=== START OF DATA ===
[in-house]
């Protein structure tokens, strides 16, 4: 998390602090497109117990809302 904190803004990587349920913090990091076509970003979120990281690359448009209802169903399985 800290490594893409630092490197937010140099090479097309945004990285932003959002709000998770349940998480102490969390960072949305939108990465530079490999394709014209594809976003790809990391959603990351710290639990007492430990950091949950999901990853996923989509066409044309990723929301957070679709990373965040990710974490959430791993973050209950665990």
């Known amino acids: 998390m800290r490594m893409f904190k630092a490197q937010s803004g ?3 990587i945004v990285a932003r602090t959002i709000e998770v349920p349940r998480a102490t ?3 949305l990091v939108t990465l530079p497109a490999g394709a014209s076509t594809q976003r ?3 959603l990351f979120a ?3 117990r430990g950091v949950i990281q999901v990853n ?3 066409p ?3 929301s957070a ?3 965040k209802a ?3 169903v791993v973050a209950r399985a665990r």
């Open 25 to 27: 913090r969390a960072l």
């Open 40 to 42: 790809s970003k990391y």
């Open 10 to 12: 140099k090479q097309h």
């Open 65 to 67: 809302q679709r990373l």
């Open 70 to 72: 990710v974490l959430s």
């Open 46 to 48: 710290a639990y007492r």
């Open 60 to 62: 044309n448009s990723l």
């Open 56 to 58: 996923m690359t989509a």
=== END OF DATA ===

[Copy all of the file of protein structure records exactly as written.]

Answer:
[in-house]
């Protein structure tokens, strides 16, 4: 998390602090497109117990809302 904190803004990587349920913090990091076509970003979120990281690359448009209802169903399985 800290490594893409630092490197937010140099090479097309945004990285932003959002709000998770349940998480102490969390960072949305939108990465530079490999394709014209594809976003790809990391959603990351710290639990007492430990950091949950999901990853996923989509066409044309990723929301957070679709990373965040990710974490959430791993973050209950665990």
């Known amino acids: 998390m800290r490594m893409f904190k630092a490197q937010s803004g ?3 990587i945004v990285a932003r602090t959002i709000e998770v349920p349940r998480a102490t ?3 949305l990091v939108t990465l530079p497109a490999g394709a014209s076509t594809q976003r ?3 959603l990351f979120a ?3 117990r430990g950091v949950i990281q999901v990853n ?3 066409p ?3 929301s957070a ?3 965040k209802a ?3 169903v791993v973050a209950r399985a665990r």
């Open 25 to 27: 913090r969390a960072l």
């Open 40 to 42: 790809s970003k990391y």
């Open 10 to 12: 140099k090479q097309h």
């Open 65 to 67: 809302q679709r990373l």
């Open 70 to 72: 990710v974490l959430s």
């Open 46 to 48: 710290a639990y007492r």
């Open 60 to 62: 044309n448009s990723l």
């Open 56 to 58: 996923m690359t989509a």